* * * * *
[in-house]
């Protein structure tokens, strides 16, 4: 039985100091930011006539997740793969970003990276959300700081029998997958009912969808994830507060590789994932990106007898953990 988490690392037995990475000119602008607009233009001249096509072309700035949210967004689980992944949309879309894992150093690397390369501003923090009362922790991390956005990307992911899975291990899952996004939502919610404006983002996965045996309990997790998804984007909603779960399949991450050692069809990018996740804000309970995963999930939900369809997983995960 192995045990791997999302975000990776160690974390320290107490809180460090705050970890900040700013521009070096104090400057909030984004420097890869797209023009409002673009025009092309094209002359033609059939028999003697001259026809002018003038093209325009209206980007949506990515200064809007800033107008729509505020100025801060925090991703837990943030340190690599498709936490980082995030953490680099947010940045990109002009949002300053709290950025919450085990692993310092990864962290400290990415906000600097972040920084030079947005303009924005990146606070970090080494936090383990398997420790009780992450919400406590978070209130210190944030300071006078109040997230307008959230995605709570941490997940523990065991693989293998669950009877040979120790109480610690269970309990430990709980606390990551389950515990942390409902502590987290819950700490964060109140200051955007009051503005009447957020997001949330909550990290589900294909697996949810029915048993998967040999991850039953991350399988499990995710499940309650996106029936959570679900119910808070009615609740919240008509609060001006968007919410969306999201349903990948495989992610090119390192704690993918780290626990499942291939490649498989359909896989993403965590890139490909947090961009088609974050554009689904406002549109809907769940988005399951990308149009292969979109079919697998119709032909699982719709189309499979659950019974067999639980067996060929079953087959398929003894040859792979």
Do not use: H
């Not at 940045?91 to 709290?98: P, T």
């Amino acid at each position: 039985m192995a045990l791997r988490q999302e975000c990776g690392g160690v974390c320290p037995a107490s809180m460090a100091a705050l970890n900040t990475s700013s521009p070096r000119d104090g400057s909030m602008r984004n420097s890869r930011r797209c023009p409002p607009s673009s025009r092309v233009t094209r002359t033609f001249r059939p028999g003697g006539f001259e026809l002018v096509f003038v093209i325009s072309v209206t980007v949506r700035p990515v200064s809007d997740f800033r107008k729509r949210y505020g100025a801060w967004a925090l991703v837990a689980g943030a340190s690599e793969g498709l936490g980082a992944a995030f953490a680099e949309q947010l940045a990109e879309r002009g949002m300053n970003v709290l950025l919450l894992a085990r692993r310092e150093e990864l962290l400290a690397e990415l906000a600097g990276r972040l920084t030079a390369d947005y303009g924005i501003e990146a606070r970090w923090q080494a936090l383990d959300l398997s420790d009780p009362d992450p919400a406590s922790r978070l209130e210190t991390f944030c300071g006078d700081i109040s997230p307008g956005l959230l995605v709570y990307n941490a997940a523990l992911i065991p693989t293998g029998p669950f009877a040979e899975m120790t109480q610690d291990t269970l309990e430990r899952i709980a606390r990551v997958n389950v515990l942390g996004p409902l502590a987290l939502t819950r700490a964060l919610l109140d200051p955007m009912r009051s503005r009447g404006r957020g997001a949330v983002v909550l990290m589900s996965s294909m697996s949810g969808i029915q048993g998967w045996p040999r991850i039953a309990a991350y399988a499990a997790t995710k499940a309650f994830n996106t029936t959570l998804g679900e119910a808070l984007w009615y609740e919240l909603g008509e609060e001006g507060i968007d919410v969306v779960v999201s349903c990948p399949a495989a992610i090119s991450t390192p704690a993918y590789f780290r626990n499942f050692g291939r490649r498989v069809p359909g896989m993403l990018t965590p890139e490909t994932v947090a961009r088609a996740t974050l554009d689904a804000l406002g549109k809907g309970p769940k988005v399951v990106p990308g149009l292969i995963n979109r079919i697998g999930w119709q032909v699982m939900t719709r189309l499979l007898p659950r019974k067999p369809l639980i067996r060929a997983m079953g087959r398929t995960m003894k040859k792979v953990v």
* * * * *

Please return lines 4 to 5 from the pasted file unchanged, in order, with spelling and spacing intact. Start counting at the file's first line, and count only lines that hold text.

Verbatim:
């Not at 940045?91 to 709290?98: P, T």
């Amino acid at each position: 039985m192995a045990l791997r988490q999302e975000c990776g690392g160690v974390c320290p037995a107490s809180m460090a100091a705050l970890n900040t990475s700013s521009p070096r000119d104090g400057s909030m602008r984004n420097s890869r930011r797209c023009p409002p607009s673009s025009r092309v233009t094209r002359t033609f001249r059939p028999g003697g006539f001259e026809l002018v096509f003038v093209i325009s072309v209206t980007v949506r700035p990515v200064s809007d997740f800033r107008k729509r949210y505020g100025a801060w967004a925090l991703v837990a689980g943030a340190s690599e793969g498709l936490g980082a992944a995030f953490a680099e949309q947010l940045a990109e879309r002009g949002m300053n970003v709290l950025l919450l894992a085990r692993r310092e150093e990864l962290l400290a690397e990415l906000a600097g990276r972040l920084t030079a390369d947005y303009g924005i501003e990146a606070r970090w923090q080494a936090l383990d959300l398997s420790d009780p009362d992450p919400a406590s922790r978070l209130e210190t991390f944030c300071g006078d700081i109040s997230p307008g956005l959230l995605v709570y990307n941490a997940a523990l992911i065991p693989t293998g029998p669950f009877a040979e899975m120790t109480q610690d291990t269970l309990e430990r899952i709980a606390r990551v997958n389950v515990l942390g996004p409902l502590a987290l939502t819950r700490a964060l919610l109140d200051p955007m009912r009051s503005r009447g404006r957020g997001a949330v983002v909550l990290m589900s996965s294909m697996s949810g969808i029915q048993g998967w045996p040999r991850i039953a309990a991350y399988a499990a997790t995710k499940a309650f994830n996106t029936t959570l998804g679900e119910a808070l984007w009615y609740e919240l909603g008509e609060e001006g507060i968007d919410v969306v779960v999201s349903c990948p399949a495989a992610i090119s991450t390192p704690a993918y590789f780290r626990n499942f050692g291939r490649r498989v069809p359909g896989m993403l990018t965590p890139e490909t994932v947090a961009r088609a996740t974050l554009d689904a804000l406002g549109k809907g309970p769940k988005v399951v990106p990308g149009l292969i995963n979109r079919i697998g999930w119709q032909v699982m939900t719709r189309l499979l007898p659950r019974k067999p369809l639980i067996r060929a997983m079953g087959r398929t995960m003894k040859k792979v953990v």